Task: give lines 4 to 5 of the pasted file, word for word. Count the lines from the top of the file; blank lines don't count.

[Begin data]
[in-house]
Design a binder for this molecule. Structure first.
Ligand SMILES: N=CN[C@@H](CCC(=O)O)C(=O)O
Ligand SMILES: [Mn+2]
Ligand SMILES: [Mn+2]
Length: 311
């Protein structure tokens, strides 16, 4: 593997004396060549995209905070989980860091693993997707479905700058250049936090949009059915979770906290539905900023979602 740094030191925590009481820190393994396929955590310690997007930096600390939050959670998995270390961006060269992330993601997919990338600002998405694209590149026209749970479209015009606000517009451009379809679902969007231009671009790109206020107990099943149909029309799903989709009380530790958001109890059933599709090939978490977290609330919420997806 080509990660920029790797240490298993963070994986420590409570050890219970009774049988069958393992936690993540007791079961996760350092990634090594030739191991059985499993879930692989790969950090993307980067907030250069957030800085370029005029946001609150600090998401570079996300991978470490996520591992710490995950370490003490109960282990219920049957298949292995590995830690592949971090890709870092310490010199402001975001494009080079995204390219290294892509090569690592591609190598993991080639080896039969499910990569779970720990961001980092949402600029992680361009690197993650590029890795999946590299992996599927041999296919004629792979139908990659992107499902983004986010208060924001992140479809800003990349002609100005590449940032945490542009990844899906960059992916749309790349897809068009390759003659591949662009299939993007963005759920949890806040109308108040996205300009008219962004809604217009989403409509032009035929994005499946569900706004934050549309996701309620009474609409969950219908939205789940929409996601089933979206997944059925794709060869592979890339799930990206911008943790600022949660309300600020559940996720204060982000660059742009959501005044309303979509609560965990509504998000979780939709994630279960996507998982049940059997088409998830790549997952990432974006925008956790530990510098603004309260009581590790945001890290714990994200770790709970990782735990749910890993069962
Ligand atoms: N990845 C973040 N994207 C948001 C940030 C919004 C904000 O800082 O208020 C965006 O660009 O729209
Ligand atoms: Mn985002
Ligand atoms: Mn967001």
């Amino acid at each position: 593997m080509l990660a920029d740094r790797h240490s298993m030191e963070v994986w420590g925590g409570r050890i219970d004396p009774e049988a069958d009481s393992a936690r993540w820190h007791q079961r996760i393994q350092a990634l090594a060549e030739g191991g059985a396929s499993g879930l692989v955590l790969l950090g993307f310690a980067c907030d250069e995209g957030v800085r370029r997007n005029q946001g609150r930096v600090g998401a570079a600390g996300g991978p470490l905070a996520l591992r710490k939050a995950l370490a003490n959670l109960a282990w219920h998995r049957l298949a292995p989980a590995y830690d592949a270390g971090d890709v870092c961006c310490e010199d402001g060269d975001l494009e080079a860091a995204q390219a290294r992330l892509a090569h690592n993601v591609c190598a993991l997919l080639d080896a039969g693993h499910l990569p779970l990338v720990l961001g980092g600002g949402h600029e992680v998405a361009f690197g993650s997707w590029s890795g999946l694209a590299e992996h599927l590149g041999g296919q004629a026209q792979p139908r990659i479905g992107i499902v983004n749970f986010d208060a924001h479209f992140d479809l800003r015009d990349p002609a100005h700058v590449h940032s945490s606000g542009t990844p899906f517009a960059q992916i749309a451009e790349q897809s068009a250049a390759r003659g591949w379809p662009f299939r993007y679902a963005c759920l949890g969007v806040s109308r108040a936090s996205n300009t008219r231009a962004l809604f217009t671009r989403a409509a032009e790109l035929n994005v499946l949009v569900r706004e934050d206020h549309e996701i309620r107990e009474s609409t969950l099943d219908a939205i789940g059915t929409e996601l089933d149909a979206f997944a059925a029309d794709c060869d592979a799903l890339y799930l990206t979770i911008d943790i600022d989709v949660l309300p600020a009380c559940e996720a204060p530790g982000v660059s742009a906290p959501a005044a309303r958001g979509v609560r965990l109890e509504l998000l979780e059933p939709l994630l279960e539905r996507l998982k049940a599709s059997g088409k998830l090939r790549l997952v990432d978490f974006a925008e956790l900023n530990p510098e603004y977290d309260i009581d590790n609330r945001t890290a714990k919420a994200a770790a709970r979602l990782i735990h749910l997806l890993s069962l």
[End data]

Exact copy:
Ligand SMILES: [Mn+2]
Ligand SMILES: [Mn+2]